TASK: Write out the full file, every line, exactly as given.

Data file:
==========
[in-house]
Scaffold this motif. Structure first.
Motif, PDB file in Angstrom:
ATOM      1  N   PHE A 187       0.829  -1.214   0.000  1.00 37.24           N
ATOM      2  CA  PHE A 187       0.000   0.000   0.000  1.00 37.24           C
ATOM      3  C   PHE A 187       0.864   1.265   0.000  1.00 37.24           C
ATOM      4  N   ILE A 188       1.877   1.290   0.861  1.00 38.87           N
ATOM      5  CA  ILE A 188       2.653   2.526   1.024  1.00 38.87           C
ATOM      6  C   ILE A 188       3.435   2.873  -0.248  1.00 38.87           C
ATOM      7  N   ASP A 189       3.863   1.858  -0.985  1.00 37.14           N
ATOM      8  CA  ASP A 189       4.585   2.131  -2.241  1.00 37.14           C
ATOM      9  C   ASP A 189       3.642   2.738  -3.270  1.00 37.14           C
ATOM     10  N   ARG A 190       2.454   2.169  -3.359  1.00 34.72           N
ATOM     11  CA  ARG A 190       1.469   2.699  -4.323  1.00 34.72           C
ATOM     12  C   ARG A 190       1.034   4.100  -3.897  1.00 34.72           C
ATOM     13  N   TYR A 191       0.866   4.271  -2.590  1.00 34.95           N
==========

[in-house]
Scaffold this motif. Structure first.
Motif, PDB file in Angstrom:
ATOM      1  N   PHE A 187       0.829  -1.214   0.000  1.00 37.24           N
ATOM      2  CA  PHE A 187       0.000   0.000   0.000  1.00 37.24           C
ATOM      3  C   PHE A 187       0.864   1.265   0.000  1.00 37.24           C
ATOM      4  N   ILE A 188       1.877   1.290   0.861  1.00 38.87           N
ATOM      5  CA  ILE A 188       2.653   2.526   1.024  1.00 38.87           C
ATOM      6  C   ILE A 188       3.435   2.873  -0.248  1.00 38.87           C
ATOM      7  N   ASP A 189       3.863   1.858  -0.985  1.00 37.14           N
ATOM      8  CA  ASP A 189       4.585   2.131  -2.241  1.00 37.14           C
ATOM      9  C   ASP A 189       3.642   2.738  -3.270  1.00 37.14           C
ATOM     10  N   ARG A 190       2.454   2.169  -3.359  1.00 34.72           N
ATOM     11  CA  ARG A 190       1.469   2.699  -4.323  1.00 34.72           C
ATOM     12  C   ARG A 190       1.034   4.100  -3.897  1.00 34.72           C
ATOM     13  N   TYR A 191       0.866   4.271  -2.590  1.00 34.95           N